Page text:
Children to Benefit From First-Ever Standardized Success Metrics for Autism
September 23, 2021
September 23, 2021
As children and families touched by autism know, success looks different for everyone. For some, it’s a first word spoken verbally or communicated through a device. For others, it’s toileting independently or integrating into school.
Kids often recognize their own successes, parents can see their progress, and clinicians can gauge their patient gains on an individual basis, but because objectives and achievements vary from person to person, there has not been a consistent level of measurement across the field. While ABA and other therapies have always been data-driven, a baseline across the board has been the missing piece.
That is, until now.
This month, the International Consortium for Health Outcomes Measurement (ICHOM) launched the first-ever standard set for Autism Spectrum Disorder (ASD) treatment outcomes for individuals older than 18 months of age. The Autism Spectrum Disorder Standard Set (ASDSS) was developed by a group of international autism experts to be implemented by all clinicians who provide autism therapy, regardless of their treatment method.
Prior to the ASDSS, a standardized measure of autism therapy outcomes did not exist, making it difficult for clinicians, patients and caregivers to compare the results between various treatment modalities from a holistic perspective.
The adoption of this set will enhance the standard of care for people with autism – children and adults alike – by aligning all parties involved in an individual’s treatment and arming patients and caregivers with data to help them make informed decisions.
Once implemented globally, the ASDSS will drive value-based healthcare by allowing the autism community to clearly discern which care methods are more effective in treating symptoms of ASD. The set will also help protect patients against therapies that are not effective or scientifically based.
“The development and integration of the standard set is going to change the way we measure progress through autism therapies in an objective way,” said Hopebridge Chief Science Officer, Adam D. Hahs, PhD, BCBA-D.
“Historically, gains relative to autism have been idiosyncratic. We always want to have the individual’s best interest in mind, however, as we continue to think about the gains from various interventions on a larger scale, we need to speak the same language as to how we are assessing and measuring those gains. This standard set creates that foundation to relay the same language and compare between clinicians and organizations.”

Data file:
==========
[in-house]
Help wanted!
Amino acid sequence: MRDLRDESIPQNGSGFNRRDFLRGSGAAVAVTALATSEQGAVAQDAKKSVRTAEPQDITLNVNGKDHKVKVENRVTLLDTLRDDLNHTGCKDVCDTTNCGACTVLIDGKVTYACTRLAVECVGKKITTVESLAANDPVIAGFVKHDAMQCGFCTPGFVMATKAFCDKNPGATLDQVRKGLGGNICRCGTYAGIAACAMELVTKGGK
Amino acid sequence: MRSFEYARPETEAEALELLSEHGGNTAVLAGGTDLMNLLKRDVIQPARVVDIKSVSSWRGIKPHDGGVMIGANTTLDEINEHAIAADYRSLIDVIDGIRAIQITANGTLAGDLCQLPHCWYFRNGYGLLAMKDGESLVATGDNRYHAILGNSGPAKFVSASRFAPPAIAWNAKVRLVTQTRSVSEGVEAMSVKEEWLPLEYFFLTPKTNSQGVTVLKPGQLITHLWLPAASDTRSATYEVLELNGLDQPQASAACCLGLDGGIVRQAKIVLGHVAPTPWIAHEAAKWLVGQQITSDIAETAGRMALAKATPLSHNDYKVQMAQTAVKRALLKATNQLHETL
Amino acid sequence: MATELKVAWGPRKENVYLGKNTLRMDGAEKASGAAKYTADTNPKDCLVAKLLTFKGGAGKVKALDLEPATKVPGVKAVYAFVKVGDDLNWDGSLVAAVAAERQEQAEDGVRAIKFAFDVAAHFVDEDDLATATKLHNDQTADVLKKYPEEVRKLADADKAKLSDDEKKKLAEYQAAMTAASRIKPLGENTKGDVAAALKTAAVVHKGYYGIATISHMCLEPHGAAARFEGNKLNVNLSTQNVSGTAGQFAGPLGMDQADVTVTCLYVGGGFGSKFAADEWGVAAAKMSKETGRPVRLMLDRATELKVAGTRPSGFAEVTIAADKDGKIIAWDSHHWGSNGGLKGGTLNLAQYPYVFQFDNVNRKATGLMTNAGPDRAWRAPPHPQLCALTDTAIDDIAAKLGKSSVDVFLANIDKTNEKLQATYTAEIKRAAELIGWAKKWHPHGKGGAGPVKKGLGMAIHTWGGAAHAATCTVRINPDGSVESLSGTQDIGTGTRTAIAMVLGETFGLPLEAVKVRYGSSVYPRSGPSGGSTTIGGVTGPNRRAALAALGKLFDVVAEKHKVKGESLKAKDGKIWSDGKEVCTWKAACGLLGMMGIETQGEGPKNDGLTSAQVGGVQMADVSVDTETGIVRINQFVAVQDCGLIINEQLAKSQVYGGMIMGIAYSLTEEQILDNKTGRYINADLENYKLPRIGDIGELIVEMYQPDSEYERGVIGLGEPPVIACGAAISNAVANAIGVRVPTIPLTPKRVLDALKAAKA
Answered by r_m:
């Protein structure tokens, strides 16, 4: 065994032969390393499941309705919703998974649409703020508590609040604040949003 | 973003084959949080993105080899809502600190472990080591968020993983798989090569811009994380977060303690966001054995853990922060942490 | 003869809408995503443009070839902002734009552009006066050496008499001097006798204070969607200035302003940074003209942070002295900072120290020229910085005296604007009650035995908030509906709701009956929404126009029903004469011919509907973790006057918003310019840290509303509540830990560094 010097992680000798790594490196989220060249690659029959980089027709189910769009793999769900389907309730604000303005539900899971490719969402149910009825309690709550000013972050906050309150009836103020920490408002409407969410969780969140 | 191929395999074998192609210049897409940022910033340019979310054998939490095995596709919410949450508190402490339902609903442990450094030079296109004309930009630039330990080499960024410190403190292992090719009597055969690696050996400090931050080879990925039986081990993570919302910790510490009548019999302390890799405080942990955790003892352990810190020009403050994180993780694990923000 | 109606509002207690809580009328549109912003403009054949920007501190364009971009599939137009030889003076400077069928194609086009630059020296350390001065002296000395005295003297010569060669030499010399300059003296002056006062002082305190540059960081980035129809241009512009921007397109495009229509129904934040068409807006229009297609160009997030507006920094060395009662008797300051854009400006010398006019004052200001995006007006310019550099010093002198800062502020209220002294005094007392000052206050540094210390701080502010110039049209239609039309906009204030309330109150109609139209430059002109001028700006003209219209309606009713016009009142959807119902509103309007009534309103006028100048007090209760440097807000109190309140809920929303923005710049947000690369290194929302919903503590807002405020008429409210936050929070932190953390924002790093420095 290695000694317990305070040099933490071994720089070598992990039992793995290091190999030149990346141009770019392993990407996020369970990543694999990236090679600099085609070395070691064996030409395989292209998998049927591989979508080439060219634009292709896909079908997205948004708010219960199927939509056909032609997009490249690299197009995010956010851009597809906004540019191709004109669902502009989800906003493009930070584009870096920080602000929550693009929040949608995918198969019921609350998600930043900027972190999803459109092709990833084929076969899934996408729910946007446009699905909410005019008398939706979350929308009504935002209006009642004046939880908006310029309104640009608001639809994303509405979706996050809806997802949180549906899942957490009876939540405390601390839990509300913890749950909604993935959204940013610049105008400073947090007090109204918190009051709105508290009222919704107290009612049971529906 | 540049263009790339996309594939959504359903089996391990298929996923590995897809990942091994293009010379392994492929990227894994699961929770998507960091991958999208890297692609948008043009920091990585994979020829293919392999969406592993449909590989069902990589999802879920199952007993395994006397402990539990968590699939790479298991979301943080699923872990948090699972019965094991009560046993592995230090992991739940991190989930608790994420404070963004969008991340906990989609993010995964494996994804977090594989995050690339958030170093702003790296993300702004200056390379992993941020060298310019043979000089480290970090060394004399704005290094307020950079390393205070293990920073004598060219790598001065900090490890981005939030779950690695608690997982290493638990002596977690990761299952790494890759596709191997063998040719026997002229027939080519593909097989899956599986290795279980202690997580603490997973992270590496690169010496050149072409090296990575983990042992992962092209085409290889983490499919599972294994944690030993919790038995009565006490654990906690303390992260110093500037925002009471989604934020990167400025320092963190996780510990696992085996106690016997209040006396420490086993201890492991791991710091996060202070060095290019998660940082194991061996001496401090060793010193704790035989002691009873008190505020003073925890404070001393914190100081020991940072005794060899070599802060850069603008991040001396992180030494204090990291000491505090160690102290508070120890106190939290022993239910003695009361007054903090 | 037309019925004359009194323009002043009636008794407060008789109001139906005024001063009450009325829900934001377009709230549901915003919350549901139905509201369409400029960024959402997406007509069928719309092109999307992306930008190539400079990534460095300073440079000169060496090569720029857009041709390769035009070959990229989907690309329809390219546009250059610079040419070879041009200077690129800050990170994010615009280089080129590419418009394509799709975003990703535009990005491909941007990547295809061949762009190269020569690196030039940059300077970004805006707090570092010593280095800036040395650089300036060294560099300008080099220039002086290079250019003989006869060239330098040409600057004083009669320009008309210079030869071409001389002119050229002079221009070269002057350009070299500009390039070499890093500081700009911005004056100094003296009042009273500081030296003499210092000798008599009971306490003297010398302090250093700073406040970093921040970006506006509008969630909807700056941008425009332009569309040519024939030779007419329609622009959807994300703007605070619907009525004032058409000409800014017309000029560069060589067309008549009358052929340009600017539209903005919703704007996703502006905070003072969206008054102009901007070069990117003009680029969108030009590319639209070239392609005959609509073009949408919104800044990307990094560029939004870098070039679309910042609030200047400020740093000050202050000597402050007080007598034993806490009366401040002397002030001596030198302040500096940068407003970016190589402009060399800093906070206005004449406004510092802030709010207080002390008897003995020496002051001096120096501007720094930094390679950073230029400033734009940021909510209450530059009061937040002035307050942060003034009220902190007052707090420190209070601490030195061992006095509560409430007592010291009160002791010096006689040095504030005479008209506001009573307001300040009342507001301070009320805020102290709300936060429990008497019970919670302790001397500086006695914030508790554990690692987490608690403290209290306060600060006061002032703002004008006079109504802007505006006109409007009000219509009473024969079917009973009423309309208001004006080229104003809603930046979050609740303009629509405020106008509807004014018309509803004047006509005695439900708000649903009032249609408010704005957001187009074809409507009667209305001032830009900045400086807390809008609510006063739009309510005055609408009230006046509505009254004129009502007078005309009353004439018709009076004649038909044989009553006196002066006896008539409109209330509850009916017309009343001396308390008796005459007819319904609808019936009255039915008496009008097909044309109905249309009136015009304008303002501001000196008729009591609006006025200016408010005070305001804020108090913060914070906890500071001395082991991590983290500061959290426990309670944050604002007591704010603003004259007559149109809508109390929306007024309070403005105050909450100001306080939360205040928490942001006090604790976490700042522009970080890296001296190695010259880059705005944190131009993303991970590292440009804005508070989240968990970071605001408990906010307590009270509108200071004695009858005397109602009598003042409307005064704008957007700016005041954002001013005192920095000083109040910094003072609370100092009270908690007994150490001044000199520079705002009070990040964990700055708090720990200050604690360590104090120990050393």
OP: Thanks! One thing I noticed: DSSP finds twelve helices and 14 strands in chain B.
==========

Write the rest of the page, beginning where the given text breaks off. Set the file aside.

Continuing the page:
Implementing ASDSS changes the way families can interact with providers—before determining which therapies, settings and providers are best for their child, caregivers can now ask providers if they have measurements that prove the efficacy of their services. For families, it’s a way to know their kiddos are receiving the best possible care available to them.
Alongside other providers and experts across the globe, Hopebridge Autism Therapy Centers sponsored ICHOM’s efforts with the intention of revolutionizing data-tracking and enhancing the way we measure the success of ABA therapy. Our main priority was to make sure everyone in the autism community gets the care they deserve.
“The creation of the ASDSS is the result of a lot of hard work from many of the world’s most talented and knowledgeable professionals in this field, and we’re happy our own experts were able to collaborate to create something so meaningful to the future of the autism community,” said Hopebridge CEO Dennis May.
During the consumer review period, a large group of external stakeholders from around the world validated the ASDSS. More than 85 percent of psychiatrists, psychologists, occupational therapists, applied behavior analysts and researchers approved the recommended outcomes, and 75 percent of stakeholders agreed with the recommended measures. Now that the set has been reviewed and finalized, clinicians are encouraged to begin implementing the ASDSS. ICHOM will work to gather data from implementation pilots that emerge across the globe to evaluate care outcomes and inform future iterations of this set of standards.
The ASDSS provides a set of recommendations for how treatment outcomes should be measured in clinical practice. It recommends measuring nine health outcomes covering four domains. These include:
Now that people with autism, along with their families and caregivers, have a way to make sure they are receiving the highest quality care, it also benefits autism treatment providers.
Want to learn more about how the ASDSS will enhance the standard of autism care? ICHOM will host a free webinar Monday, Oct. 4, 2021 at 11 a.m. EST to present the newly launched ASDSS. The virtual event will include a discussion around the project’s inception, ASDSS process, the final standard set, implementation of the standard on a global scale and how this will affect people with autism.
To register for the webinar or access a recording of the webinar, visit https://ichom.activehosted.com/f/420.
Are you interested in effective, evidence-based care for your child? If you’d like to learn more about Hopebridge’s options available to your child for ABA therapy, speech therapy and occupational therapy, please fill out our easy online form to schedule a diagnostic or ABA evaluation at one of our centers across the country.
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